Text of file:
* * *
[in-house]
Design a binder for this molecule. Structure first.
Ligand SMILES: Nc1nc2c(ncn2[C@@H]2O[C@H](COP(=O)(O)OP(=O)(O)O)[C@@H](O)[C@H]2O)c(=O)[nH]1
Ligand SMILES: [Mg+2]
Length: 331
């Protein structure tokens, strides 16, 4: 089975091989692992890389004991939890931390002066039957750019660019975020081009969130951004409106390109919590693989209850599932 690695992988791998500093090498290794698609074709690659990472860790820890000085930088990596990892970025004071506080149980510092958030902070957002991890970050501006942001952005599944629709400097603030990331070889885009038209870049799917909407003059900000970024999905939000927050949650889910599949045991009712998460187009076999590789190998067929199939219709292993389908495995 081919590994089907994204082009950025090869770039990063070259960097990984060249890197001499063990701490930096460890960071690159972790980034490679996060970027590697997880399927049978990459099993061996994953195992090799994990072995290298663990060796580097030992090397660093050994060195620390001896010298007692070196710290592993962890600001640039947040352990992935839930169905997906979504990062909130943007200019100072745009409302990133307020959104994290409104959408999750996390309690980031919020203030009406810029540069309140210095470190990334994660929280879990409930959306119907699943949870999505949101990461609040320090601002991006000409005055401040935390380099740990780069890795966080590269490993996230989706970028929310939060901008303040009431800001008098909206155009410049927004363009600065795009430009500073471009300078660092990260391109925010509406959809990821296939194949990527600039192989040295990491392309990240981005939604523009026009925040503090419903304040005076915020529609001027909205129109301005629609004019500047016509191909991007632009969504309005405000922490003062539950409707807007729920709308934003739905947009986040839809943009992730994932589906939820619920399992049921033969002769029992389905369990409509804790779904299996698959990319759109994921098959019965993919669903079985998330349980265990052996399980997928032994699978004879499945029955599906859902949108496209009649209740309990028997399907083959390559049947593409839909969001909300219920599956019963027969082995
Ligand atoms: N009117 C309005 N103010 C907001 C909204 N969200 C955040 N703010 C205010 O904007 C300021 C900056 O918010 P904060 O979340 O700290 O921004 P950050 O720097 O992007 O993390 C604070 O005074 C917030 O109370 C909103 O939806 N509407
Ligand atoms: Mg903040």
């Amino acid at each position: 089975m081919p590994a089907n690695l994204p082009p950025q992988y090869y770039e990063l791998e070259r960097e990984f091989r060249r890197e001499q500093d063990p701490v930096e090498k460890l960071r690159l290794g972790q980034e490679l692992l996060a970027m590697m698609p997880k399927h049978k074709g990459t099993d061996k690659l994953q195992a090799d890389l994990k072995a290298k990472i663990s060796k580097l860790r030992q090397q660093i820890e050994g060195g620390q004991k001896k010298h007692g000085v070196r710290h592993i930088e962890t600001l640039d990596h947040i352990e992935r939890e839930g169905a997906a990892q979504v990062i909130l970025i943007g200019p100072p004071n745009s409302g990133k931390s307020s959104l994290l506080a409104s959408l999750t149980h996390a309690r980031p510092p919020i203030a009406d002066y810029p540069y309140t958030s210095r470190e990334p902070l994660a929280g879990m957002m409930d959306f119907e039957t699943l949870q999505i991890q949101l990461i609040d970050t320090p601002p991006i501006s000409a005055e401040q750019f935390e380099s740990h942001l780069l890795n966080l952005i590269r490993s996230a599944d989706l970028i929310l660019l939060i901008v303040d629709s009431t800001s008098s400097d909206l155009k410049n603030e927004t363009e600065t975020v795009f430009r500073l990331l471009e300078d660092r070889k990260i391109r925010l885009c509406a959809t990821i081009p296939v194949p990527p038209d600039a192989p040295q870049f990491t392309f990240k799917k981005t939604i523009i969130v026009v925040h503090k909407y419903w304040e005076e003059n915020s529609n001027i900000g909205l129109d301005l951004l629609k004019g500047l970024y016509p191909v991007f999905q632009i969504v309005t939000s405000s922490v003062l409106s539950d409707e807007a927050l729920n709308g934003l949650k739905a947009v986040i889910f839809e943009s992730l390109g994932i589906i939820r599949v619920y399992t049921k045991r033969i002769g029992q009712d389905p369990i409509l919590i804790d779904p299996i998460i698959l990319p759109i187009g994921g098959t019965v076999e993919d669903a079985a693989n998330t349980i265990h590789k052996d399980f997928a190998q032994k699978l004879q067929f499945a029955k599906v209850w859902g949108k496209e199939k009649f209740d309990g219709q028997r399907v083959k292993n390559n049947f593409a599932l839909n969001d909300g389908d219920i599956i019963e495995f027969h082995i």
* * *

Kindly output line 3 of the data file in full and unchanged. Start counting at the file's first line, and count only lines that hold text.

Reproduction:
Ligand SMILES: Nc1nc2c(ncn2[C@@H]2O[C@H](COP(=O)(O)OP(=O)(O)O)[C@@H](O)[C@H]2O)c(=O)[nH]1